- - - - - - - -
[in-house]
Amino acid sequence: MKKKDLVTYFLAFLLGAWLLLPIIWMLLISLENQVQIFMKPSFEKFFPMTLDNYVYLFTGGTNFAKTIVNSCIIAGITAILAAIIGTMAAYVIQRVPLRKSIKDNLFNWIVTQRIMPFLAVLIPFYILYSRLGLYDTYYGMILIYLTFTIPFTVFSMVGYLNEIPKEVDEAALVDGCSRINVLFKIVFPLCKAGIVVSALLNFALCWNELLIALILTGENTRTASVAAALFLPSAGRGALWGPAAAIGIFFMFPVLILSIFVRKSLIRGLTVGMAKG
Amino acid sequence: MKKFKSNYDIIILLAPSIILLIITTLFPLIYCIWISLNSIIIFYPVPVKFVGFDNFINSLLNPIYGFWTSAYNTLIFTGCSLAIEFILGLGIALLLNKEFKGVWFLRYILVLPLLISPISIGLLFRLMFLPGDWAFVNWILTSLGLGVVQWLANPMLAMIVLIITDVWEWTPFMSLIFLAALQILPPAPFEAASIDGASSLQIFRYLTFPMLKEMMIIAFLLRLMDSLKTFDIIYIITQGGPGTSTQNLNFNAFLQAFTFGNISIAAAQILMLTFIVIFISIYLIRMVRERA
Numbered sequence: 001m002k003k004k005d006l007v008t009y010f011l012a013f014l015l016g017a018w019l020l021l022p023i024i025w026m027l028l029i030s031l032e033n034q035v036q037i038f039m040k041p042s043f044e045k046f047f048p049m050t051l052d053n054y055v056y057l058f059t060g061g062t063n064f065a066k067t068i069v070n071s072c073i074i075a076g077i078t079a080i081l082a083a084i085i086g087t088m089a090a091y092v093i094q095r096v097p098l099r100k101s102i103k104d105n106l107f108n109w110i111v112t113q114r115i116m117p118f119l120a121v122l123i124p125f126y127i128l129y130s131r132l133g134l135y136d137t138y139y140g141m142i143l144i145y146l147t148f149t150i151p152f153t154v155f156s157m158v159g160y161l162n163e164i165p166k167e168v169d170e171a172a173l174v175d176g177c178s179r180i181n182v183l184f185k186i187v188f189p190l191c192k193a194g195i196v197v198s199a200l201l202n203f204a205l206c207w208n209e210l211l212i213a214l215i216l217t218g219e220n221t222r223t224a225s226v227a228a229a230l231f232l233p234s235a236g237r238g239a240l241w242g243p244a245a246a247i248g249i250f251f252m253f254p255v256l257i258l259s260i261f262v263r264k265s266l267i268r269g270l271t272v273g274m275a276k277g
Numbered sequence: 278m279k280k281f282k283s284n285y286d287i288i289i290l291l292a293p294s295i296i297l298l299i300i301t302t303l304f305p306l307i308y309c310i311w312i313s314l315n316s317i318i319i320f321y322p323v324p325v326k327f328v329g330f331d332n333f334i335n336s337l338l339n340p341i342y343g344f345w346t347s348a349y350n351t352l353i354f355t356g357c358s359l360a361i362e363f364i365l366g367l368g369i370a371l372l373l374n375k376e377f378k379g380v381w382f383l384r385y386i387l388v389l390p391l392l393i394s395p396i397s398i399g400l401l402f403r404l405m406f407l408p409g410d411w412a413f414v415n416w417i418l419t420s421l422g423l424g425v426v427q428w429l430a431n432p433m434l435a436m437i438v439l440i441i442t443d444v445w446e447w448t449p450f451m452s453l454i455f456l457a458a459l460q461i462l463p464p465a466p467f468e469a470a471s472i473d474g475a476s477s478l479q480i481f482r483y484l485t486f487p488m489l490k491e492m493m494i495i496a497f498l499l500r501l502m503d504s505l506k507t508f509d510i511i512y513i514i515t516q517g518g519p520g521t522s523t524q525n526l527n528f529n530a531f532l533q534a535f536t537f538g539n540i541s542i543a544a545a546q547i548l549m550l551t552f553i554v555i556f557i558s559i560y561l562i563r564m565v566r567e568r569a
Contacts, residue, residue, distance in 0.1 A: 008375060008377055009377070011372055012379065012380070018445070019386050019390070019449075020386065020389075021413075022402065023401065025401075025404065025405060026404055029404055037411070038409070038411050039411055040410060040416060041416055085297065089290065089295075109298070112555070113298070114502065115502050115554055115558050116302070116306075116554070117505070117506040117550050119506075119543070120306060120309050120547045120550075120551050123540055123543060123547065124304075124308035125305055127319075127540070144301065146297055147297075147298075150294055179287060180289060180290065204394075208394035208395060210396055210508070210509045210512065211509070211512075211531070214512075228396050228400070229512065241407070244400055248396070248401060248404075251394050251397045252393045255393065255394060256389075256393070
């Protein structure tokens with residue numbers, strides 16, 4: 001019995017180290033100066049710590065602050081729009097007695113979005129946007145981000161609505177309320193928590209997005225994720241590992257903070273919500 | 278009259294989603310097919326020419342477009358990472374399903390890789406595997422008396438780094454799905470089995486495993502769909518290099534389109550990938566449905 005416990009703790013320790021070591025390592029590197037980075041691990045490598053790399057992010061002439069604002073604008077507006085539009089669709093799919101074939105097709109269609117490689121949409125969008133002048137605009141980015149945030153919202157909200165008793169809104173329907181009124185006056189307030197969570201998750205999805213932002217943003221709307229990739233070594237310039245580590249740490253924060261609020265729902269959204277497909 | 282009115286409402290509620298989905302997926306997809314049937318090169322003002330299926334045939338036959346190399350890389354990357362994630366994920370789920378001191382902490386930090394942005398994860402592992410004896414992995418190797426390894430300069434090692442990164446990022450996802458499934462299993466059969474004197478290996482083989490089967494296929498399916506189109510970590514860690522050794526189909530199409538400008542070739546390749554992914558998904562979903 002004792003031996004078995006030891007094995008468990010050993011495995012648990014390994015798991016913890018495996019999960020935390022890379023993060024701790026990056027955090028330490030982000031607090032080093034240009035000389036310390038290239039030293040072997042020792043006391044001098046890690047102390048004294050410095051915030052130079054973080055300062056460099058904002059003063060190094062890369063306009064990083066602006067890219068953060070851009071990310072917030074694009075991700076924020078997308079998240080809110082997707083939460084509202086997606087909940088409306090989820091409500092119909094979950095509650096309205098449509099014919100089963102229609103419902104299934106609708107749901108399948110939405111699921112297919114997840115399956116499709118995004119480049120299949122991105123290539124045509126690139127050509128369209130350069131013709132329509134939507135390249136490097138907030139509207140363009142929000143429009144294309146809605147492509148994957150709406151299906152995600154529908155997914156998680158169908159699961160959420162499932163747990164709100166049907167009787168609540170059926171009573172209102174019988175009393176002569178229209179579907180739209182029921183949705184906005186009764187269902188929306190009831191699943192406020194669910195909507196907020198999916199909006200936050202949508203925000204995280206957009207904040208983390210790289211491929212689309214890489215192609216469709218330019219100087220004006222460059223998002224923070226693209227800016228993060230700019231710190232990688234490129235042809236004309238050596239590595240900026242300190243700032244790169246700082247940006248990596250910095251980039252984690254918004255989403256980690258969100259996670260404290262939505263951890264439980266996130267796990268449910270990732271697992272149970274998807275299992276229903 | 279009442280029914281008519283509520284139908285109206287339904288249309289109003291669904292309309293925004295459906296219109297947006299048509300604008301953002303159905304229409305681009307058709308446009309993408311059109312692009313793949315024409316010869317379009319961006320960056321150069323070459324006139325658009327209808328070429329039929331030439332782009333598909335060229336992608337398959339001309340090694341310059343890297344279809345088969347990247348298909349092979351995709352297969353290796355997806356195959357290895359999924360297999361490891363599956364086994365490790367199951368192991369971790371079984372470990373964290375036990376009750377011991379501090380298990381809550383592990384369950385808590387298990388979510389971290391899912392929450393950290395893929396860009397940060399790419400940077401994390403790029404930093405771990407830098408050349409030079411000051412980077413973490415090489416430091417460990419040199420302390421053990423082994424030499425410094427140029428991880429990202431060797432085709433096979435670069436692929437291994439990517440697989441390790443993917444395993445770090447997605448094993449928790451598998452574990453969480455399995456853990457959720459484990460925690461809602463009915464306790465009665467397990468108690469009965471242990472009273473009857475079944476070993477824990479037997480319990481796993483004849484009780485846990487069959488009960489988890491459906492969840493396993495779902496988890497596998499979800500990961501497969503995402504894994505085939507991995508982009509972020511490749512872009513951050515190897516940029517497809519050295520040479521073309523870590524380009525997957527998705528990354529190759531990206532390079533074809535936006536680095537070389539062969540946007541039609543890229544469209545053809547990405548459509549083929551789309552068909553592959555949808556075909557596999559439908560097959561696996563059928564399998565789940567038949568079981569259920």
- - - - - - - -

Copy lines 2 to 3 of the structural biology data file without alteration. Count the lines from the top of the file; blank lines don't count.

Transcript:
Amino acid sequence: MKKKDLVTYFLAFLLGAWLLLPIIWMLLISLENQVQIFMKPSFEKFFPMTLDNYVYLFTGGTNFAKTIVNSCIIAGITAILAAIIGTMAAYVIQRVPLRKSIKDNLFNWIVTQRIMPFLAVLIPFYILYSRLGLYDTYYGMILIYLTFTIPFTVFSMVGYLNEIPKEVDEAALVDGCSRINVLFKIVFPLCKAGIVVSALLNFALCWNELLIALILTGENTRTASVAAALFLPSAGRGALWGPAAAIGIFFMFPVLILSIFVRKSLIRGLTVGMAKG
Amino acid sequence: MKKFKSNYDIIILLAPSIILLIITTLFPLIYCIWISLNSIIIFYPVPVKFVGFDNFINSLLNPIYGFWTSAYNTLIFTGCSLAIEFILGLGIALLLNKEFKGVWFLRYILVLPLLISPISIGLLFRLMFLPGDWAFVNWILTSLGLGVVQWLANPMLAMIVLIITDVWEWTPFMSLIFLAALQILPPAPFEAASIDGASSLQIFRYLTFPMLKEMMIIAFLLRLMDSLKTFDIIYIITQGGPGTSTQNLNFNAFLQAFTFGNISIAAAQILMLTFIVIFISIYLIRMVRERA